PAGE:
Asia Markets Mixed Ahead of Economic Data Release, Yen Remains Volatile on BOJ Nomination Report

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This is CNBC's live blog covering Asia-Pacific markets.

Stocks in Asia-Pacific mostly fell on Monday as investors look ahead to a week of crucial economic data releases, including the U.S. consumer price index that will determine the Federal Reserve's path forward.



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Japan's Nikkei 225 closed 0.88% lower to 27,427.92 and the Topix was down 0.47% at 1,977.67 as the Japanese yen continued to remain volatile after a report that Japan will nominate Kazuo Ueda as its next central bank governor.

The yield on the 10-year Japanese government bond stood at 0.5%, hovering around the BOJ's upper ceiling of its tolerance range. In South Korea, the Kospi shed 0.69% to end its session at 2452.7, while the Kosdaq climbed marginally, ending the day at 772.55.

In Hong Kong, the Hang Seng index fell fractionally while the Hang Seng Tech index rose 0.5%. In mainland China, the Shanghai Composite rose 0.72% to 3,284.16 and the Shenzhen Component gained 1.14% to 12,113.6.

In Australia, the S&P/ASX 200 fell 0.2% to close the session at 7,417.8, and the S&P/NZX 50 finished 0.85% lower at 12,075.18 as New Zealand braced for further impact from tropical cyclone Gabrielle.

Stocks on Wall Street ended the week on Friday with the S&P 500 up 0.2% and the Nasdaq Composite down 0.61% both indexes posting the worst week since December after a slew of corporate earnings and Federal Reserve speakers reiterated their hawkish messages that there is more work to be done to tame inflation. The Dow closed nearly 170 points higher.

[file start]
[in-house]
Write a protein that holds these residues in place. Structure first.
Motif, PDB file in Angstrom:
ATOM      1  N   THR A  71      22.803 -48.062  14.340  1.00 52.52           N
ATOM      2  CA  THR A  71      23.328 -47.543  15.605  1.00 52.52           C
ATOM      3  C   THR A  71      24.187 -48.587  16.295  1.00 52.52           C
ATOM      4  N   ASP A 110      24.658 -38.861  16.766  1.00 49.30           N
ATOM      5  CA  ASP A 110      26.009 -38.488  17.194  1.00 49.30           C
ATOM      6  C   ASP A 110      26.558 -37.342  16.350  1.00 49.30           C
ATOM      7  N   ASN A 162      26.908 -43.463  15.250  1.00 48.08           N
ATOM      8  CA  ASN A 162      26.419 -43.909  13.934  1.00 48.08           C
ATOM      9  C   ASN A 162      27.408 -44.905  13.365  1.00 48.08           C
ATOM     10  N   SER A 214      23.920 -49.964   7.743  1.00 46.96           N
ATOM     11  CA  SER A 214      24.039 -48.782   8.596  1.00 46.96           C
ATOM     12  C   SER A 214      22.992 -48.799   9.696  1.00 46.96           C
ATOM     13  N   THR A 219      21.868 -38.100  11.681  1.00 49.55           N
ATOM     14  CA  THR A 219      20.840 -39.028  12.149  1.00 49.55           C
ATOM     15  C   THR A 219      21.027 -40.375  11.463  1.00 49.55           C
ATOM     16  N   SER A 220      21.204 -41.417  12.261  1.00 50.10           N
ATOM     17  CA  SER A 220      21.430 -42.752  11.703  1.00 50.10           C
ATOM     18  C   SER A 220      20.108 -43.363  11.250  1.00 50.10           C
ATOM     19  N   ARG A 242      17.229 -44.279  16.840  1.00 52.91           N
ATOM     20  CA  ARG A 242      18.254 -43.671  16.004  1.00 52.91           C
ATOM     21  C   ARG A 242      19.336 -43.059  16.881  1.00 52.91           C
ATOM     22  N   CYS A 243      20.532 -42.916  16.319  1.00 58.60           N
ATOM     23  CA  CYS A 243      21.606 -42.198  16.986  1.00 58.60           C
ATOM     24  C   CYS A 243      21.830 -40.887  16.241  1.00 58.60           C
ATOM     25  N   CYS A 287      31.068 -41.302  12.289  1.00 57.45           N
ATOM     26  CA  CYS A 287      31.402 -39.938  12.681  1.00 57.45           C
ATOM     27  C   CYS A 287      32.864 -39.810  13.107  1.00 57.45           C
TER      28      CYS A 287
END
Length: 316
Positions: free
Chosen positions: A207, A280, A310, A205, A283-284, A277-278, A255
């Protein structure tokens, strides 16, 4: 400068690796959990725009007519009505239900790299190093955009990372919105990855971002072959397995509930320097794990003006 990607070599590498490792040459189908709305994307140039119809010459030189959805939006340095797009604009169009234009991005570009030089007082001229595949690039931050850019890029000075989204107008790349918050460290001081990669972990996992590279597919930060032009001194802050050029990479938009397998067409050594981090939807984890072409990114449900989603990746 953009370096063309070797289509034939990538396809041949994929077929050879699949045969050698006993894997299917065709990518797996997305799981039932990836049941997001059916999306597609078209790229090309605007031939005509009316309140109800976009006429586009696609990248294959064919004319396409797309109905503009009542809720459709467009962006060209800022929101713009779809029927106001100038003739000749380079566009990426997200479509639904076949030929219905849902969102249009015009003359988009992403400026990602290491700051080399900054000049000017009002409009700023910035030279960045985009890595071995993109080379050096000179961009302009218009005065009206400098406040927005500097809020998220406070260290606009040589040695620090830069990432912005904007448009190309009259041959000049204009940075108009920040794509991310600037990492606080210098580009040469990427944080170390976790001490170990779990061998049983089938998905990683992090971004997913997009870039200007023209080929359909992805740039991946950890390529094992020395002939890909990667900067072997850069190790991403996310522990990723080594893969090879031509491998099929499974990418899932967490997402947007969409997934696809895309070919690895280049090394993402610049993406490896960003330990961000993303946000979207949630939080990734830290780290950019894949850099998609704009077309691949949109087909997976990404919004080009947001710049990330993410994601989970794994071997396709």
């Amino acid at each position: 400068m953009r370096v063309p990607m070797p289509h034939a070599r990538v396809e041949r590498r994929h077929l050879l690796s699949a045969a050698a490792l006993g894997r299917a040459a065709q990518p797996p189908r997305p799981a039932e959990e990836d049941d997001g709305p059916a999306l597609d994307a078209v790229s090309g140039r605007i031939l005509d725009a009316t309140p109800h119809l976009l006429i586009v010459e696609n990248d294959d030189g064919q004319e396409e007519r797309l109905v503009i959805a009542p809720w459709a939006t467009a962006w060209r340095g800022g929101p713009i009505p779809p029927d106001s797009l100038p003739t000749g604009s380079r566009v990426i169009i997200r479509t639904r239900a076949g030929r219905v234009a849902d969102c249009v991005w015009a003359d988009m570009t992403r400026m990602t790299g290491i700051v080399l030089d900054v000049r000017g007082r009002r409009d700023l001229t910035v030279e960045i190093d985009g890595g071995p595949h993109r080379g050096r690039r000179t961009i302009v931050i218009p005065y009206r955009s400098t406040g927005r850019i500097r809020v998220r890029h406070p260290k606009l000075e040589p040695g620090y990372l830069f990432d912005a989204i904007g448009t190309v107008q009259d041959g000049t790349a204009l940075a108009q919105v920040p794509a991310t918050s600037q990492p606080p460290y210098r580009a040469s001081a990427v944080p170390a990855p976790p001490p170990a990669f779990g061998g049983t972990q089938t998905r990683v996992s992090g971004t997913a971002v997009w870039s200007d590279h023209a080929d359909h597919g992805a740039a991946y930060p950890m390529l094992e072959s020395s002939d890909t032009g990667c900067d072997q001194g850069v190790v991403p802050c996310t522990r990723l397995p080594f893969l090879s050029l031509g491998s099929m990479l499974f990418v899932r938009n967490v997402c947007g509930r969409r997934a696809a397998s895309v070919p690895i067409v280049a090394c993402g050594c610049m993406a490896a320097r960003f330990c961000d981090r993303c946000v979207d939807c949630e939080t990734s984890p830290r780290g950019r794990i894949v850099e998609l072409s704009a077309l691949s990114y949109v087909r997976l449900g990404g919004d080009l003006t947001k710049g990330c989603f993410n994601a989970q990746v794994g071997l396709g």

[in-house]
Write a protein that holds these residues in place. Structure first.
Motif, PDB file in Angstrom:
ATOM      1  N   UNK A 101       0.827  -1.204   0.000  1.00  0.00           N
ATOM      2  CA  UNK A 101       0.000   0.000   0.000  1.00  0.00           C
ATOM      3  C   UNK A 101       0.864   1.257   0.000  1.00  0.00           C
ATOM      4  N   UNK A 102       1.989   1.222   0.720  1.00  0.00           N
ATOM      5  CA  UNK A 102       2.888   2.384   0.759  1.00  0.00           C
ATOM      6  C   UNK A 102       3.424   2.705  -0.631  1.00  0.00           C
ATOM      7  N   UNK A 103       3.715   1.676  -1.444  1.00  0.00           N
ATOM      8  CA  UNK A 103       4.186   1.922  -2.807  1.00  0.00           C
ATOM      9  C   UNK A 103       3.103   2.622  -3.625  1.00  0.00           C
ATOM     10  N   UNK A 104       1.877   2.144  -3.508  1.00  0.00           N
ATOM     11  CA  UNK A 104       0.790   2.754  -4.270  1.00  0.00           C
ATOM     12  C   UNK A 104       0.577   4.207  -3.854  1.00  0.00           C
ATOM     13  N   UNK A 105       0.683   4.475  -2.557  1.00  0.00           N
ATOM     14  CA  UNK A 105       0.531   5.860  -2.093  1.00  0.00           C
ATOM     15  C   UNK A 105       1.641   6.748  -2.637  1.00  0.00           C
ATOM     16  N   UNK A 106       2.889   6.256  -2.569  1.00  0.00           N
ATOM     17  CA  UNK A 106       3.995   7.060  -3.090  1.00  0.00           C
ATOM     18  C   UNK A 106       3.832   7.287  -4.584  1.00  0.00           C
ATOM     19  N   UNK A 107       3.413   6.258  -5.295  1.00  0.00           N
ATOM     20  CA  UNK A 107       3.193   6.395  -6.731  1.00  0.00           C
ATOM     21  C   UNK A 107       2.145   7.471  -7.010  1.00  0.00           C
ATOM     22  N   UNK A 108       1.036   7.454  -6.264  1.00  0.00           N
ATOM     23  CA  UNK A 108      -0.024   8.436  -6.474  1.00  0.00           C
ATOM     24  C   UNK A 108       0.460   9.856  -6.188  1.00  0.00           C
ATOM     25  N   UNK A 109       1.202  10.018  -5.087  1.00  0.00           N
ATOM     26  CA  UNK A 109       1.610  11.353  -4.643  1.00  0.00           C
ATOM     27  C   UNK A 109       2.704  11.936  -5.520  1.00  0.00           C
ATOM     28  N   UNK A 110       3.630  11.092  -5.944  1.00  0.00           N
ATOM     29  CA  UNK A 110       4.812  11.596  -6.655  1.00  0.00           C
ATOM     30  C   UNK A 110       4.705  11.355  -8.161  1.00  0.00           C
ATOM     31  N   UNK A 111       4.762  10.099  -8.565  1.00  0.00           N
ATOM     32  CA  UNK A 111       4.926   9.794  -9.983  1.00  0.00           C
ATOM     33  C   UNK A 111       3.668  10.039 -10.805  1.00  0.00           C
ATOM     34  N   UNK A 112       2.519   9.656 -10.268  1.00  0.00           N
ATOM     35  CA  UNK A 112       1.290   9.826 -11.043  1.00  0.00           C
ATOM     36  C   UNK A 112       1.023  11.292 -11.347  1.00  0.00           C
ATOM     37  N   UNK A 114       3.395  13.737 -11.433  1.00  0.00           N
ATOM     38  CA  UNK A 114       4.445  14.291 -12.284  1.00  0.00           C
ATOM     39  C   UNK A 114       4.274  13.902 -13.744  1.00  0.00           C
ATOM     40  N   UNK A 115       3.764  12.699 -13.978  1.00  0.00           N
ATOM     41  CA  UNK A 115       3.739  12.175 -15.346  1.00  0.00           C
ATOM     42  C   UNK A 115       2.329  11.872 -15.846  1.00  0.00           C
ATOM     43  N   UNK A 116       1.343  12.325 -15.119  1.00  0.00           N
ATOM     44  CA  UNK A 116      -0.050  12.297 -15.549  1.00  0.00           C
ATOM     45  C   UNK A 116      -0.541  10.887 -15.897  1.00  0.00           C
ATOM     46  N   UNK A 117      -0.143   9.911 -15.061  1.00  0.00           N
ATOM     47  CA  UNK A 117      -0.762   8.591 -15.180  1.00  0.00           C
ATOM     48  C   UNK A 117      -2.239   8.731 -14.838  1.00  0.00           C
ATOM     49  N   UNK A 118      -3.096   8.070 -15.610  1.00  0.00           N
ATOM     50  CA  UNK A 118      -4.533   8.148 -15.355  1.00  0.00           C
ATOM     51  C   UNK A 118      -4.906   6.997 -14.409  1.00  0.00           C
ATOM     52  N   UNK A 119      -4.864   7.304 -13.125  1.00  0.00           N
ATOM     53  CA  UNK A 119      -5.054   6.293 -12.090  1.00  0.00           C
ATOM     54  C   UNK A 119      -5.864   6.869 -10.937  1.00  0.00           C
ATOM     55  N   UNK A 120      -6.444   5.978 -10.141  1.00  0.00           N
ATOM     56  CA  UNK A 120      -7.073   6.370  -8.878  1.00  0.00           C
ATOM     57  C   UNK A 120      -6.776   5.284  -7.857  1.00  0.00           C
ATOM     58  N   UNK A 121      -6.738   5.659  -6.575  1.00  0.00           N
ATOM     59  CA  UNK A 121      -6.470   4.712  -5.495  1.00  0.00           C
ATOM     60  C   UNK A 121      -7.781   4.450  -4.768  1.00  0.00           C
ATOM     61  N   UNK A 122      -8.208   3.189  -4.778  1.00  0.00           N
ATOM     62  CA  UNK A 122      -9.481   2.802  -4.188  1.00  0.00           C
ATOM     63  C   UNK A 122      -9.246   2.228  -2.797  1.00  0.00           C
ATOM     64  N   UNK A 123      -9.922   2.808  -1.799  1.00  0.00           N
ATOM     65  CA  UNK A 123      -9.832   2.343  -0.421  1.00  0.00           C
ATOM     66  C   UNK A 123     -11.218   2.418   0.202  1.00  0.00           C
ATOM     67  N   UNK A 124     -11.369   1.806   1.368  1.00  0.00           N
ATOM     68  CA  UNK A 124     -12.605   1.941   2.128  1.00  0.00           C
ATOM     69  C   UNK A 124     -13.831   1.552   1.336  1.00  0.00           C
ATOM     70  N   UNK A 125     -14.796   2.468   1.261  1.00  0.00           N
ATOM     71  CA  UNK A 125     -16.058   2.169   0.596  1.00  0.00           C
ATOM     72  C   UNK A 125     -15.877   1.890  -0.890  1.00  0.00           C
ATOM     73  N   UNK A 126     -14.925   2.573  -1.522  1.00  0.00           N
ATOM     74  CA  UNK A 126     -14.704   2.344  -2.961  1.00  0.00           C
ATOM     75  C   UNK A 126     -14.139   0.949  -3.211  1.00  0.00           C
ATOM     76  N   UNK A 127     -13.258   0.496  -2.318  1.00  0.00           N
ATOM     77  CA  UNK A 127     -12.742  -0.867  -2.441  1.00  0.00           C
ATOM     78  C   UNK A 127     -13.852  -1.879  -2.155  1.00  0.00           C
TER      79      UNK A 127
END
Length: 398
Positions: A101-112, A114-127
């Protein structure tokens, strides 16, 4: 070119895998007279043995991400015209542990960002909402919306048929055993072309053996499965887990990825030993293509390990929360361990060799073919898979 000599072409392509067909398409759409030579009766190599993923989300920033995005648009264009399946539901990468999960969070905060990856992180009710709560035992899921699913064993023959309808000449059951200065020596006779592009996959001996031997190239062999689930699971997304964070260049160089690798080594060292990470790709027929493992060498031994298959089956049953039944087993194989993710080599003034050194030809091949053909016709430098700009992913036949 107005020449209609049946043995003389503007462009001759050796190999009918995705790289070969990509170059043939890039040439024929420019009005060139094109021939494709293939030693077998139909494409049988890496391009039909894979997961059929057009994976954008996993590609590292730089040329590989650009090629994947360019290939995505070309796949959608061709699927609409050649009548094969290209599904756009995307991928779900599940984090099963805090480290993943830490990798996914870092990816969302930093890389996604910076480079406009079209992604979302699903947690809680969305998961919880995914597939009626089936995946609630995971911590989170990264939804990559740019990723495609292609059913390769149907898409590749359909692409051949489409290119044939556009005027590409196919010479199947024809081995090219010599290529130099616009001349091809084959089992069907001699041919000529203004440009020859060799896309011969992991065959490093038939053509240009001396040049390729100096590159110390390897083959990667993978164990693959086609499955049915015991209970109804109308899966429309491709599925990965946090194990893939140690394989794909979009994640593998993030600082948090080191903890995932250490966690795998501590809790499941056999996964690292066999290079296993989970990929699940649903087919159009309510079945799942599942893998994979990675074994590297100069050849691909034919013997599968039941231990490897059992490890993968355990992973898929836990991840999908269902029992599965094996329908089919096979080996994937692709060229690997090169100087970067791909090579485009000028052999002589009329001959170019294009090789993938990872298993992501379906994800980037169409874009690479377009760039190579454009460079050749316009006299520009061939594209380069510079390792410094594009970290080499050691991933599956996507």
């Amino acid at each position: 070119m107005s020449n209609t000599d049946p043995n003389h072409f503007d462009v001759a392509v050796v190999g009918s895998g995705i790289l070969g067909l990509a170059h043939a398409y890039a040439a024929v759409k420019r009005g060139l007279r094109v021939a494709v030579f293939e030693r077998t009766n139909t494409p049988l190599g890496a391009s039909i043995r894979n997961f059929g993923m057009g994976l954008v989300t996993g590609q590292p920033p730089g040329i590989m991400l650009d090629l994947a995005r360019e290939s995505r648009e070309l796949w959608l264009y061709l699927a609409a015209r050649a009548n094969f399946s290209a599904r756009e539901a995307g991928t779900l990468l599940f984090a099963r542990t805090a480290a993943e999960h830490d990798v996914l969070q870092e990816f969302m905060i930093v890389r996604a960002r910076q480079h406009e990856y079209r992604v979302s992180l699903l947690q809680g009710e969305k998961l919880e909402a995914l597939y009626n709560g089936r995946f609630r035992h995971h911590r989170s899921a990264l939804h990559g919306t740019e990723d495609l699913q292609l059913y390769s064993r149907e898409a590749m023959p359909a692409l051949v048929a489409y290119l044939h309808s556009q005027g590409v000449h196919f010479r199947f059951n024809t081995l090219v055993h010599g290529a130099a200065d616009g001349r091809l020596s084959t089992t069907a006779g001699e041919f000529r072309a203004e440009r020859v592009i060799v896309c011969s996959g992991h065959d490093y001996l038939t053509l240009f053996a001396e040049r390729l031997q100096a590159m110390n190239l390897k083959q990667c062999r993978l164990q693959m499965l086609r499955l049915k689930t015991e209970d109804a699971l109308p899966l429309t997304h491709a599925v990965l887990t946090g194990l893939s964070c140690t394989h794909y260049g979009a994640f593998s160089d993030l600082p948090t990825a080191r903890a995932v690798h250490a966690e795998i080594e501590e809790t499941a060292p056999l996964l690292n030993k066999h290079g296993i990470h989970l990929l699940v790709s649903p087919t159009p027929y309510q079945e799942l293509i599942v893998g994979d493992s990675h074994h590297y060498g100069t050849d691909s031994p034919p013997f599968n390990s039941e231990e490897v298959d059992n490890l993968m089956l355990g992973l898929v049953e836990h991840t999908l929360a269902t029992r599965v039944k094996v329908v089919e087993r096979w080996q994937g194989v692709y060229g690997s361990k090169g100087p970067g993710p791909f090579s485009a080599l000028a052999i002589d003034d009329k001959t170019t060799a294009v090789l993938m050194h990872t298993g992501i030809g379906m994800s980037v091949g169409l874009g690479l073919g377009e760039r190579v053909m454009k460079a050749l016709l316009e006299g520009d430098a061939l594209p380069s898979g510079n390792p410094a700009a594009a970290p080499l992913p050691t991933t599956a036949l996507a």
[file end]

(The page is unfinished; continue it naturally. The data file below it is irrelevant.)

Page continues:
— CNBC's Alex Harring, Hakyung Kim contributed to this report

DBS has a 'very good' profitability outlook for 2023 after fourth quarter results

DBS says it has a 'very good' overall profitability outlook for 2023, after a better-than-expected 68% increase in profits in the fourth quarter of 2022.

"[The results are from] the structural transformation over the decade, the building of a very solid liability book and transactional businesses which kicked in really impressively in a rising interest rate environment," Piyush Gupta, CEO of DBS Bank, said on CNBC's "Capital Connection" on Monday.

"Our loans actually came off in the quarter, which is unusual, and that's because it's a short-term average and a lot of people are paying down opportunistic loans they have taken," said Gupta.

He added that Singapore and DBS have benefited a lot from an inflow of money.

"Net new money was the strongest we have seen. We do think there's the capacity for us to help people put money to work in the coming months and quarters," said Gupta.

- Sheila Chiang

India's market regulator to meet finance minister on Feb. 15: Reuters

The Securities and Exchange Board of India will meet India's finance minister Nirmala Sitharaman on Feb. 15, Reuters reported, citing people familiar.

The board of India's market regulator will brief the minister on the "surveillance measures" that it has taken during the market rout of Adani group companies' stocks, the report said.

SEBI will also update the minister on ongoing investigations into Adani group's offshore funds, the people were quoted as saying.

The companies have shed more than $100 billion in market cap due to plunging stocks since the release of short seller firm Hindenburg's report.

Shares of Adani Enterprises and Adani Port and Special Economic Zone were flat in the first few hours of India's trading session. Adani Green Energy, Adani Power and Adani Transmission all shed nearly 5% on Monday.

— Jihye Lee

China lags behind the U.S. in A.I. chatbot technology, says analyst